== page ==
[…] Right on Michaelmas night (Sept. 29th) of the following year, the executioner in Stuttgart was awakened by the eerie tones of a post horn. [He saw a ghostly rider on a white horse trotting in the direction of Esslingen.] The trumpeting of the Post Michel could also be heard in Esslingen, where one could see a shadowy figure on horseback, head under his arm and horn in hand. [Matthäus von Welz fled terrified from the city in order to escape the ghost. This ritual was repeated on Michaelmas over the following years, and concern steadily grew that an innocent man had been executed.]
More than half a century later, an old man came to Esslingen [looking for a place in the hospital. Upon meeting the ghost rider on Michaelmas night, he identified himself as Matthäus von Welz, Marchthaler's nephew, and confessed to murdering his uncle out of greed. He had paid for his evil deed his whole life long because the sound of the horn followed him everywhere. The confession had cost him all the power he had left and, after a last sigh, he died. But the innocent, tortured, and executed Post Michel was able to rest in peace henceforth.
(From: Dorothee Bayer, Esslinger Heimatbuch, pg. 130-132. Esslingen, 1982. Some passages are freely retold)
Mélac and the Girl from Esslingen
During the time of the French wars (1688-1697), General Mélac swept through Swabia, destroying and burning everything in his path. Many hoped to find protection from him behind the strong walls of the free Imperial City Esslingen am Neckar. This is why Pastor Jeremias Haug of Hochdorf brought his beautiful daughter to stay with a distant relative living in Esslingen, the innkeeper of the Goldenen Adler. But out of fear, Esslingen opened its gates to Mélac who would have otherwise burned the city to the ground. Mélac moved into a room at the Goldenen Adler and met the young Katharina, the beautiful pastor’s daughter from Hochdorf, and followed her every step from that moment on. Katharina rejected him again and again, but one night accepted his invitation to the small cottage on the outer wall of the castle, which today bears the name of “Mélac-Häusle”, in order to avoid completely infuriating the general.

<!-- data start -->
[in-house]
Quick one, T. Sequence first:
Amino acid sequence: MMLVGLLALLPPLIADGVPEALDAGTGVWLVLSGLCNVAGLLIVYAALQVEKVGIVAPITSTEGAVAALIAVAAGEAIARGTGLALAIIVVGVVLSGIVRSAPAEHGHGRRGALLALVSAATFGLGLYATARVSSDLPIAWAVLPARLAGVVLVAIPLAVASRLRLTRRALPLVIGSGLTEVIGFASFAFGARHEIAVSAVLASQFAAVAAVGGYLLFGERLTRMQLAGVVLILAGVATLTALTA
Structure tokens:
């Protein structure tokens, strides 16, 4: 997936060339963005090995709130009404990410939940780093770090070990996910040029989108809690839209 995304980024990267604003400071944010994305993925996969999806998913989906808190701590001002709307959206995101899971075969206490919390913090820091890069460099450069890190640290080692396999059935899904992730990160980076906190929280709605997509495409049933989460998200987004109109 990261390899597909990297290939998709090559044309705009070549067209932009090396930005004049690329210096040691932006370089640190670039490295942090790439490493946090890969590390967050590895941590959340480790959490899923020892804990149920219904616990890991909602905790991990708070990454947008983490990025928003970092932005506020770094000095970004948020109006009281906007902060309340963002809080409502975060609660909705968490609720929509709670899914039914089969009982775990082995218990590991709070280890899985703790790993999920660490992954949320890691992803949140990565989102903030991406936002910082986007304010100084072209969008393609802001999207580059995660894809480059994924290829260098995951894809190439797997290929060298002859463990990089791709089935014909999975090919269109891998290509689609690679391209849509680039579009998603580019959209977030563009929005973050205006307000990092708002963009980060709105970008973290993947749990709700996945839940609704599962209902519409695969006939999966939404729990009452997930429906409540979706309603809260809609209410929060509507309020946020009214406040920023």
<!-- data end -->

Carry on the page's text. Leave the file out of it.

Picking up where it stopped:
Mélac threatened to burn down the city if she didn’t soon bend herself to his will. Katharina then surrendered to fate and they agreed to meet in the little round turret on the Ailenberg the next day. When Mélac tried to make advances, Katharina stabbed him with a dagger that she brought with her. Wounded but not killed, Mélac took the dagger from her hand and stabbed her right through her heart. As though rushed away by a guilty conscience, Mélac stormed from the city along with his troops. Katharina, the brave girl of Esslingen, was hailed after her death as the city’s courageous savior.
This story has a kernel of truth:
Anna Catharina really did come to Esslingen in 1683, 5 years before Mélac, and also served him in the “Goldenen Adler”. Catharina gave way to Mélac’s advances, but whether she did this out of concern for the city or the need to keep the general happy is unclear. The relationship even produced a son that died before turning a year old. Although Catharina had lost her honor, society once again accepted her into their ranks. She married the Adler innkeeper Rutenberger in 1691 and they had one son. Catharina married again after the death of her husband in 1700. "The girl of Esslingen" died in April 1743 at the age of 75.